Tony Coxhill welcomed four guests, including one former member-Trish Waring to the meeting.
Roger Brookes spoke on his interesting subject:-
RAF Centenary with Celebration of the Spitfire
Roger has a strong interest in scale and vintage planes, prompted from his engineering background in structures, materials, aerodynamics, electrics, control etc. He thought that a talk on the legendary Spitfire would be relevant for the RAF centenary and the local connections with this plane. The days of the single seat air superiority fighter are also now limited as piloted planes are being superceded by cheap disposable drones and missiles, so the era of the traditional RAF may be coming to an end.
He brought a working 1/6th scale model Spitfire IX to illustrate his talk. This was the most common version used from the mid war years. This electric powered model uses a 24 volt 5 amp-hour Lithium Polymer Battery to provide 6-7 minutes radio controlled flying at 50 MPH or so. It is flown from the runways at full-sized airfields such as RAF Shawbury and Sleap private airfield.
The Audience were able to name the local connections with the Spitfire. Firstly it’s Merlin engine of which 25,000 of the total 150,000 were manufactured at the shadow Rolls Royce factory in Crewe, a location chosen so as to be concealed from the Germans. The USA also produced tens of thousands under licence with improvements in manufacturing.
Secondly, its designer R J Mitchell, came from Stoke-On-Trent. He joined Supermarine near Southampton who had a small waterside operation mostly making biplane float planes for military use. Mitchell became chief designer and primary mover in the design of the winning mono-plane float planes which eventually won the Schneider Trophy in perpetuity for Great Britain. The experience with these very fast and manoeuvrable planes with high powered RR engines, enabled him to speculatively design a land based fighter plane using the evolving powerful Rolls Royce Merlin engine. He never lived to see his Spitfire (a name he did not approve of) fly and at a speed of over 100 MPH faster than any existing biplane RAF machine. A new spec was written around the Spitfire and large orders placed before the plane was even certified. Producing them was another story as it was complex and difficult build and required setting up new manufacturing processes and training.
In the meantime development continued with the Merlin engine which started at 750 HP, then certified at 1000 HP for the production Spitfires. Eventually Advanced versions went well over 2000 HP with single and two stage two speed superchargers to enable the plane to fly at full performance over to 30,000 feet which is the maximum on oxygen without a pressurised cabin. Our knowledge and technology were (and still are ?) in advance of the Germans, enabling GB to build better, smaller, lighter engines (30% smaller), better planes, plus the advanced Radar which critically gave advanced warning necessary to intercept an approaching enemy.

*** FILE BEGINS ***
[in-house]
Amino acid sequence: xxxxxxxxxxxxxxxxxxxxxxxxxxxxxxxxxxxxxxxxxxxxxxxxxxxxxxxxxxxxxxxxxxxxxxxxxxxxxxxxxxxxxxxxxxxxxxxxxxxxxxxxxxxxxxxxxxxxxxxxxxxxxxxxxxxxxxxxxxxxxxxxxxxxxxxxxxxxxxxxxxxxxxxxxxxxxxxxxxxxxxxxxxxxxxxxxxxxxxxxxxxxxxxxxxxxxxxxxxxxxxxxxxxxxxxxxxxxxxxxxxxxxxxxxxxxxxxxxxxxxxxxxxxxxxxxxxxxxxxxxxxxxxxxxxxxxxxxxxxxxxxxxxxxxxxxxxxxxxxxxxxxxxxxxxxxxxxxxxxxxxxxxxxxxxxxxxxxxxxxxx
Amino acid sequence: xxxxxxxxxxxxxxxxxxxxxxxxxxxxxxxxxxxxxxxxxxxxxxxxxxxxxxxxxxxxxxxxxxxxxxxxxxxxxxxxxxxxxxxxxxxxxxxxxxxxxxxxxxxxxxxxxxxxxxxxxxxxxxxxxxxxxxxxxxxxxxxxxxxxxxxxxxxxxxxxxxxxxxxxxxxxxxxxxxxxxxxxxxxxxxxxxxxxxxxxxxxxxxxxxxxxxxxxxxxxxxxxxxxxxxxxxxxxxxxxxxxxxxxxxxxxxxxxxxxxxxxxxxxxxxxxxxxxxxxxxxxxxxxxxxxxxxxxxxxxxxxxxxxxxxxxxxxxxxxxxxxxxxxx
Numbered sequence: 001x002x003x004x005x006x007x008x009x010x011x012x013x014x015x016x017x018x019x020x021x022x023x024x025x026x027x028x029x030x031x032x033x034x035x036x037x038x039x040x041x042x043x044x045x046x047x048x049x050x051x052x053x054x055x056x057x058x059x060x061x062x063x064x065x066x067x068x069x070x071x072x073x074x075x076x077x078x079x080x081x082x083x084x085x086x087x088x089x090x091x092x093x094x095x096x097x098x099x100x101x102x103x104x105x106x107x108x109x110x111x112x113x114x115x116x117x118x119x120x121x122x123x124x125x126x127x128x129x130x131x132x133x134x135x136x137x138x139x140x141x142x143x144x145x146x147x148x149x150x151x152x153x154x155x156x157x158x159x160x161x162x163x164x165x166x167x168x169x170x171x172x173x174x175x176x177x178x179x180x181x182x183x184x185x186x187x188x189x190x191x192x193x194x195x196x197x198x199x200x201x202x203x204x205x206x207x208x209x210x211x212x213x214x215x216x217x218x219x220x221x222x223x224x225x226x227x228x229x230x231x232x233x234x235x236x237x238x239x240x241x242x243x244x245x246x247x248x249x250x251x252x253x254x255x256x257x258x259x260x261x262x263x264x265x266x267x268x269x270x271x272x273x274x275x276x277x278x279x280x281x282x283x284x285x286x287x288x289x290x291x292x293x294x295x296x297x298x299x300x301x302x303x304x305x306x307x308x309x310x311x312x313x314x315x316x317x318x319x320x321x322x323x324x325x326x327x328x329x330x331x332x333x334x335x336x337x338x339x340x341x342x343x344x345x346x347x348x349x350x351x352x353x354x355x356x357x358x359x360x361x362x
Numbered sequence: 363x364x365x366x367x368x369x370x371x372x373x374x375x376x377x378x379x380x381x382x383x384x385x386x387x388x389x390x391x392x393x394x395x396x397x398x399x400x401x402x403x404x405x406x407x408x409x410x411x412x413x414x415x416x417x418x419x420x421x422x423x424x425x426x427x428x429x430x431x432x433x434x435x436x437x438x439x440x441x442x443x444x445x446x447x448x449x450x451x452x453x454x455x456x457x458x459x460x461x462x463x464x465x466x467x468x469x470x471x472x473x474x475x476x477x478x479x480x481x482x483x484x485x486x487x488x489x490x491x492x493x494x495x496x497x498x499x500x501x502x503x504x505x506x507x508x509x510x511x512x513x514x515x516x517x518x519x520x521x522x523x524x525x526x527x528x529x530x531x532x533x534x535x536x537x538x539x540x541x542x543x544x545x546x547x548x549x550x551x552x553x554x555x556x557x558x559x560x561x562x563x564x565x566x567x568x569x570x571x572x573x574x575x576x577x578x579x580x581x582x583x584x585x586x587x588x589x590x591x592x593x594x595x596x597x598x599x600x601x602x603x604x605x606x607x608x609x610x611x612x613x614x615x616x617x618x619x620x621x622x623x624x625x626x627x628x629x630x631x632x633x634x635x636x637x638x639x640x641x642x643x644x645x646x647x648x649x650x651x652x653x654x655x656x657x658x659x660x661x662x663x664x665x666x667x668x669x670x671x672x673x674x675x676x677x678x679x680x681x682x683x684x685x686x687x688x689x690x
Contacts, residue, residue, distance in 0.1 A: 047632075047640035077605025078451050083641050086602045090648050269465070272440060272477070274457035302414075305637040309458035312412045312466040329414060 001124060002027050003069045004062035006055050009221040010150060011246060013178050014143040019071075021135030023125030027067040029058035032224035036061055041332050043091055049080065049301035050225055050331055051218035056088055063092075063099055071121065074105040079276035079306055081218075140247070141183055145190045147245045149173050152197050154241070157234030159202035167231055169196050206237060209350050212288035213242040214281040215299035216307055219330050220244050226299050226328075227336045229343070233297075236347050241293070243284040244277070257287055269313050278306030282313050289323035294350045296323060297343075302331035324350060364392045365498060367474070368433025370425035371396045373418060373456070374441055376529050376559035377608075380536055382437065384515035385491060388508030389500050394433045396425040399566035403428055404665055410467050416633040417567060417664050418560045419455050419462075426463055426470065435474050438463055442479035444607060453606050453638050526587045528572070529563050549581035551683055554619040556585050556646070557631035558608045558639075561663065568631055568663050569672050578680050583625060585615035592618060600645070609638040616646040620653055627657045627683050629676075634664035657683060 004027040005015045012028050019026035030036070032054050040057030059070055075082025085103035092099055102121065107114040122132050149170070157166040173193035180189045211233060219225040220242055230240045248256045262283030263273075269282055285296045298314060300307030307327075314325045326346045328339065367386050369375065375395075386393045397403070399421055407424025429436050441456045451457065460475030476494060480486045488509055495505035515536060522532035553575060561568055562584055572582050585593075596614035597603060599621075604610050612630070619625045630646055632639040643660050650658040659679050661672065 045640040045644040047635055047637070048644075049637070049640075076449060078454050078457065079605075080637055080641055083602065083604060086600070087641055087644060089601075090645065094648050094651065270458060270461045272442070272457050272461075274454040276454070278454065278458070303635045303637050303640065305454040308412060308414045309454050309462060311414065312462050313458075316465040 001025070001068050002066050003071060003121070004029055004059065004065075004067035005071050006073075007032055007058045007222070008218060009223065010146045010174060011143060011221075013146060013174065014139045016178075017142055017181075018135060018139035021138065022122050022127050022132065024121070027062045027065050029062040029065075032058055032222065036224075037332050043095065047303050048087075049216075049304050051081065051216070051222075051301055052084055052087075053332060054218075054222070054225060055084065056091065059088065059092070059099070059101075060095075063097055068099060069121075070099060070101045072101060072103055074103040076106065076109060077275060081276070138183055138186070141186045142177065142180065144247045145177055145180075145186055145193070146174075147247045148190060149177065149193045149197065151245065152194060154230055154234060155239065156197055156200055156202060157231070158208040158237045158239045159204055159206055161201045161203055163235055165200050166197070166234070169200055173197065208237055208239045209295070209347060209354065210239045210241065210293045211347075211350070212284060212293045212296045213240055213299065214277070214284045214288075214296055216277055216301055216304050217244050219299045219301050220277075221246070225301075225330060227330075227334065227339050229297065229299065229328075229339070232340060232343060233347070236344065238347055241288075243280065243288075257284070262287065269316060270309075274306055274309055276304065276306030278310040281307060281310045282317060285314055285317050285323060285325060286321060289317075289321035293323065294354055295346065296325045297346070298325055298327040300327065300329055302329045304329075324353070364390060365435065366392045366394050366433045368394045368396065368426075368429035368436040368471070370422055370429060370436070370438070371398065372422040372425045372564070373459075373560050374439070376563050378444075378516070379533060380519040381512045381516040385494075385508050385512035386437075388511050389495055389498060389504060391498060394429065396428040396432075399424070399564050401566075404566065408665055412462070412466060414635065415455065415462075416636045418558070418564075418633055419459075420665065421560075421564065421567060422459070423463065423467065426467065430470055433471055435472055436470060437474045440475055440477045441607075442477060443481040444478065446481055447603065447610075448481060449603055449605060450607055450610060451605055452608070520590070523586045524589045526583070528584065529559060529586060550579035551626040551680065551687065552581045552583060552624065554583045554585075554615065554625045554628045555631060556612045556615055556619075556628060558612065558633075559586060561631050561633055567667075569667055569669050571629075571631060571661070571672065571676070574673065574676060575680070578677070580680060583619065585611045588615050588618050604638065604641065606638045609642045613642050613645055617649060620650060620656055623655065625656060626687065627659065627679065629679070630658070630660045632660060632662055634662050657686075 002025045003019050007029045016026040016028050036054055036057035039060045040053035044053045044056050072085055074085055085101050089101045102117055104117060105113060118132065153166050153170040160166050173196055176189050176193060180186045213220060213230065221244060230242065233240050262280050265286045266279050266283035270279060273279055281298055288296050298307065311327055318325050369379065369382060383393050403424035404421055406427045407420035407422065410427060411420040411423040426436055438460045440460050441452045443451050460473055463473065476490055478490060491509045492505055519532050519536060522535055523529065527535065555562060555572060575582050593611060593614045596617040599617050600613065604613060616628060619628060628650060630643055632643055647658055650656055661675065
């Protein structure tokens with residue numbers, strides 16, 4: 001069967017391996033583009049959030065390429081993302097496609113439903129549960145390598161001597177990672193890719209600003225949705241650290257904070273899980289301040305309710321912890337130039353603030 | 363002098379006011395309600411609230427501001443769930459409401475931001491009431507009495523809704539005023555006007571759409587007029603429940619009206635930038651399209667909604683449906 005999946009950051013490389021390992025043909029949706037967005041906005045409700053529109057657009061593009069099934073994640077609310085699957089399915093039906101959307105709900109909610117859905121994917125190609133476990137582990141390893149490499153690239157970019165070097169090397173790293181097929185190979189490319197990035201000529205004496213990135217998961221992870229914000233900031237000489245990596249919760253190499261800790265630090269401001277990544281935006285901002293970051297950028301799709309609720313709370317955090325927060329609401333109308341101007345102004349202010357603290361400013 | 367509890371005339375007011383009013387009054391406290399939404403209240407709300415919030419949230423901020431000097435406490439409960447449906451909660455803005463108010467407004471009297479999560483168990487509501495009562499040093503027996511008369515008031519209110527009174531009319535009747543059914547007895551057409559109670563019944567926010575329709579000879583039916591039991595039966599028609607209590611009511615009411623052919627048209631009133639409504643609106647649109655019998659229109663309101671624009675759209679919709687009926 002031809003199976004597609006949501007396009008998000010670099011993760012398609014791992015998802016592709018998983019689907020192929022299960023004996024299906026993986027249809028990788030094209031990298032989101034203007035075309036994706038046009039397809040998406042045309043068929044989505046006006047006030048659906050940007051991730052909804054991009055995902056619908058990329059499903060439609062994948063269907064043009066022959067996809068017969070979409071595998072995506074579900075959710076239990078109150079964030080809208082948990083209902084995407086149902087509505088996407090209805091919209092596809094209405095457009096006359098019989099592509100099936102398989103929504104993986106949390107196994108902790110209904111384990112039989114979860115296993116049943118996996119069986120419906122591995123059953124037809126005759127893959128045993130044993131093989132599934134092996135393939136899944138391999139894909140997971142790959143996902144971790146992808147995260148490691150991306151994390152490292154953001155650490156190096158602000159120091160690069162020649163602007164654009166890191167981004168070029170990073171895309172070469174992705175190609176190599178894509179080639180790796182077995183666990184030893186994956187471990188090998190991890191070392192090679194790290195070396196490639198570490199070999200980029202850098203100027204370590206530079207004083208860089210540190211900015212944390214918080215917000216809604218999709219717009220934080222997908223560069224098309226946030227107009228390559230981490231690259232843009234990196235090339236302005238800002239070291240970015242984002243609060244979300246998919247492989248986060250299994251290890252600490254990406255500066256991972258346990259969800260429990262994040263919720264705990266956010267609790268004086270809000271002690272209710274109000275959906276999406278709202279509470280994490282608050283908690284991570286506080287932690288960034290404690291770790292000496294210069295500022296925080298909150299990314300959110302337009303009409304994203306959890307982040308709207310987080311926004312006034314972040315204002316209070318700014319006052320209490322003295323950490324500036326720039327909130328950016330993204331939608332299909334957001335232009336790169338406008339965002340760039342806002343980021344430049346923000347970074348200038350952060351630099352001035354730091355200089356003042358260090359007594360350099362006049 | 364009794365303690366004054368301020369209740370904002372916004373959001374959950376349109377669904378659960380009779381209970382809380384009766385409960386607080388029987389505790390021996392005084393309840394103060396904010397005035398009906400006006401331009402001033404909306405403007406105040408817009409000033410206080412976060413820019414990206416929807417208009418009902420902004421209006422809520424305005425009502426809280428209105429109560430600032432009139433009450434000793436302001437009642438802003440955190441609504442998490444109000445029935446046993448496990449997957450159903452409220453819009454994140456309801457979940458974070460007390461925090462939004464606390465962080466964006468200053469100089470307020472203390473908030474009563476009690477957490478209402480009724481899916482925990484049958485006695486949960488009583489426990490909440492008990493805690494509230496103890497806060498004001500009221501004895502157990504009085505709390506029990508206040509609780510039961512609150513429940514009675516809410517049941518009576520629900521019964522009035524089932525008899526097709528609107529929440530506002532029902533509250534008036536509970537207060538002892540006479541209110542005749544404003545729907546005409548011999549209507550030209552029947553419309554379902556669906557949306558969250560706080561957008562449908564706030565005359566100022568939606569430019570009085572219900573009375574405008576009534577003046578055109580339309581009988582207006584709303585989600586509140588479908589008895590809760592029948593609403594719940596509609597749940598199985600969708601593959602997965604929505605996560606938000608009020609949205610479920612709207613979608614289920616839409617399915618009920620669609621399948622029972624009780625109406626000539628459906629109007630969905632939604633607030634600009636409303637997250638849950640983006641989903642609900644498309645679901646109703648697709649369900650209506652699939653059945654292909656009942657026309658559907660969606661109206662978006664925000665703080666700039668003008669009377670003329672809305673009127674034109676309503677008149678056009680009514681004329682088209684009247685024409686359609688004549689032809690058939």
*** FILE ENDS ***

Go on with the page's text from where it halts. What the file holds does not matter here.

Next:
The audience were able to identify other Merlin engined planes such as the even faster twin engine Mosquito able to outrun any plane, also used as a precision medium bomber, and heavily armed fighter. Others Merlin users were the Lancaster bomber and the excellent long range American P51 Mustang escort fighter. The Mustang was re-engined with a Merlin replacing the Allison as an unofficial RAF test, and was so successful it was immediately adopted and the Mustang was able to escort the long range B17 and B29 bombers all the way to their targets, due to frugal Merlin engines mated with the latest laminar flow aerofoils.
The Spitfire did not “Win the War” as sometimes quoted, but certainly we would have lost it without the Spitfire in the heady days of the Battle of Britain. The Spitfire engaged and deflected the massive squadrons of German Fighters which were protecting the German Bombers, allowing the Hurricanes in large numbers to ravage the bombers. The slower Hurricane was not an air superiority fighter, but an excellent gun platform, able to take heavy punishment, available in large numbers, and downed more enemy planes. Although it went back and forward a bit, overall the Spitfire maintained an edge over German planes, with ever increasing engine power, heavier weapons, and was able to perform every role thrown at it including unarmed reconnaissance, ground attack, bombing, operation from aircraft carriers, and was the only plane to be on top right throughout the war. It’s ability to be adapted was a credit to the original design, and the engineers at Supermarine, with their support from Vickers, the later owners.
Today there are perhaps more than 50 Spitfires still flying, but it will cost you a few million pounds to own one, or just £600 to have a small one like my model. Don’t forget to get your Spitfire Haynes Manual from the Works at £6 - it is indispensable - no actually rather interesting reading about the Spitfire.
President Michael thanked Roger for an Interesting talk with its local connections, which members were able to relate to.
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